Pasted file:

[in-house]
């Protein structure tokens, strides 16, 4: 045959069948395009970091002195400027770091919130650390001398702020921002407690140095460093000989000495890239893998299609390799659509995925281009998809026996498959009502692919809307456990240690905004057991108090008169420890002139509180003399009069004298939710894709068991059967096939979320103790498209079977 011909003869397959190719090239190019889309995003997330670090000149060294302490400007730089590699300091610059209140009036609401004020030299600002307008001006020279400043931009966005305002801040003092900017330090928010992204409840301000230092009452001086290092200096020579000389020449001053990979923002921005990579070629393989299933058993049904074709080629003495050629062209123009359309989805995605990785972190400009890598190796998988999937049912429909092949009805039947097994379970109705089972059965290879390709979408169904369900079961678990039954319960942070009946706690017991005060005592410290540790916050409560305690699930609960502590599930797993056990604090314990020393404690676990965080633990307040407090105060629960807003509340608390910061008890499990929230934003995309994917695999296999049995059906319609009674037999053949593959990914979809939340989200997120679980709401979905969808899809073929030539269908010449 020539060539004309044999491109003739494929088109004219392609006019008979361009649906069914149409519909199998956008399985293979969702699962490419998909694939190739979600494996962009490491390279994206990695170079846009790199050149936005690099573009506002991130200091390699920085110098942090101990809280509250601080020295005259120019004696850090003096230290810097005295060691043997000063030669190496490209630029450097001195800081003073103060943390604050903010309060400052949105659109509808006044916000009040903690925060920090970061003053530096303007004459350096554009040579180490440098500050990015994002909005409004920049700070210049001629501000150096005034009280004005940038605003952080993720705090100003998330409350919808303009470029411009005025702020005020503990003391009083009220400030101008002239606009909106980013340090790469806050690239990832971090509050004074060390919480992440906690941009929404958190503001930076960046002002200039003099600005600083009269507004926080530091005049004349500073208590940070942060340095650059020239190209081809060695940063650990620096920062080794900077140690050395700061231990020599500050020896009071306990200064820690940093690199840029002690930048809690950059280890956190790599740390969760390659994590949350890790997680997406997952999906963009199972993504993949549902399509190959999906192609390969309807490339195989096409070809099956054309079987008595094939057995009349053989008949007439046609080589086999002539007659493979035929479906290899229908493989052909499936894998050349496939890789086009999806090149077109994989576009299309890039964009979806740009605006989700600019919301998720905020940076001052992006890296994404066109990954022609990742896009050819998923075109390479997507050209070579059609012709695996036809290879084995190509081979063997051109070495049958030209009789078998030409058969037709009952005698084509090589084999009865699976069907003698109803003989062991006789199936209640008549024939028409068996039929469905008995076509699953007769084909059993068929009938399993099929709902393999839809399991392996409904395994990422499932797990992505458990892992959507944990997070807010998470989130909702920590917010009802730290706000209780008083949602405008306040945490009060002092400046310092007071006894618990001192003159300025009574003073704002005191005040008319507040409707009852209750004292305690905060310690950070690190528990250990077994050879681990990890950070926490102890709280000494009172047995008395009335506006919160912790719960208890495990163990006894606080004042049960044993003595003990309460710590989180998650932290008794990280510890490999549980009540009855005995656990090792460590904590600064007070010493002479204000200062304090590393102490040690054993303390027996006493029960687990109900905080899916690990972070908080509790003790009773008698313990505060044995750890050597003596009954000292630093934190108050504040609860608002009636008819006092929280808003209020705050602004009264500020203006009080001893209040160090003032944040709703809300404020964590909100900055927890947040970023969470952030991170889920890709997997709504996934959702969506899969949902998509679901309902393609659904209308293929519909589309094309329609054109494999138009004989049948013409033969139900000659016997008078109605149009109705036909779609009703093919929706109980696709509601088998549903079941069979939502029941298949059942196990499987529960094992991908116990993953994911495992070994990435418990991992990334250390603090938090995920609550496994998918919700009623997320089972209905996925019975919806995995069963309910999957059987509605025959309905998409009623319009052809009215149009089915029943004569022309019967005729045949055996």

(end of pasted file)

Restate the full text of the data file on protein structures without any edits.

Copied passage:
[in-house]
């Protein structure tokens, strides 16, 4: 045959069948395009970091002195400027770091919130650390001398702020921002407690140095460093000989000495890239893998299609390799659509995925281009998809026996498959009502692919809307456990240690905004057991108090008169420890002139509180003399009069004298939710894709068991059967096939979320103790498209079977 011909003869397959190719090239190019889309995003997330670090000149060294302490400007730089590699300091610059209140009036609401004020030299600002307008001006020279400043931009966005305002801040003092900017330090928010992204409840301000230092009452001086290092200096020579000389020449001053990979923002921005990579070629393989299933058993049904074709080629003495050629062209123009359309989805995605990785972190400009890598190796998988999937049912429909092949009805039947097994379970109705089972059965290879390709979408169904369900079961678990039954319960942070009946706690017991005060005592410290540790916050409560305690699930609960502590599930797993056990604090314990020393404690676990965080633990307040407090105060629960807003509340608390910061008890499990929230934003995309994917695999296999049995059906319609009674037999053949593959990914979809939340989200997120679980709401979905969808899809073929030539269908010449 020539060539004309044999491109003739494929088109004219392609006019008979361009649906069914149409519909199998956008399985293979969702699962490419998909694939190739979600494996962009490491390279994206990695170079846009790199050149936005690099573009506002991130200091390699920085110098942090101990809280509250601080020295005259120019004696850090003096230290810097005295060691043997000063030669190496490209630029450097001195800081003073103060943390604050903010309060400052949105659109509808006044916000009040903690925060920090970061003053530096303007004459350096554009040579180490440098500050990015994002909005409004920049700070210049001629501000150096005034009280004005940038605003952080993720705090100003998330409350919808303009470029411009005025702020005020503990003391009083009220400030101008002239606009909106980013340090790469806050690239990832971090509050004074060390919480992440906690941009929404958190503001930076960046002002200039003099600005600083009269507004926080530091005049004349500073208590940070942060340095650059020239190209081809060695940063650990620096920062080794900077140690050395700061231990020599500050020896009071306990200064820690940093690199840029002690930048809690950059280890956190790599740390969760390659994590949350890790997680997406997952999906963009199972993504993949549902399509190959999906192609390969309807490339195989096409070809099956054309079987008595094939057995009349053989008949007439046609080589086999002539007659493979035929479906290899229908493989052909499936894998050349496939890789086009999806090149077109994989576009299309890039964009979806740009605006989700600019919301998720905020940076001052992006890296994404066109990954022609990742896009050819998923075109390479997507050209070579059609012709695996036809290879084995190509081979063997051109070495049958030209009789078998030409058969037709009952005698084509090589084999009865699976069907003698109803003989062991006789199936209640008549024939028409068996039929469905008995076509699953007769084909059993068929009938399993099929709902393999839809399991392996409904395994990422499932797990992505458990892992959507944990997070807010998470989130909702920590917010009802730290706000209780008083949602405008306040945490009060002092400046310092007071006894618990001192003159300025009574003073704002005191005040008319507040409707009852209750004292305690905060310690950070690190528990250990077994050879681990990890950070926490102890709280000494009172047995008395009335506006919160912790719960208890495990163990006894606080004042049960044993003595003990309460710590989180998650932290008794990280510890490999549980009540009855005995656990090792460590904590600064007070010493002479204000200062304090590393102490040690054993303390027996006493029960687990109900905080899916690990972070908080509790003790009773008698313990505060044995750890050597003596009954000292630093934190108050504040609860608002009636008819006092929280808003209020705050602004009264500020203006009080001893209040160090003032944040709703809300404020964590909100900055927890947040970023969470952030991170889920890709997997709504996934959702969506899969949902998509679901309902393609659904209308293929519909589309094309329609054109494999138009004989049948013409033969139900000659016997008078109605149009109705036909779609009703093919929706109980696709509601088998549903079941069979939502029941298949059942196990499987529960094992991908116990993953994911495992070994990435418990991992990334250390603090938090995920609550496994998918919700009623997320089972209905996925019975919806995995069963309910999957059987509605025959309905998409009623319009052809009215149009089915029943004569022309019967005729045949055996």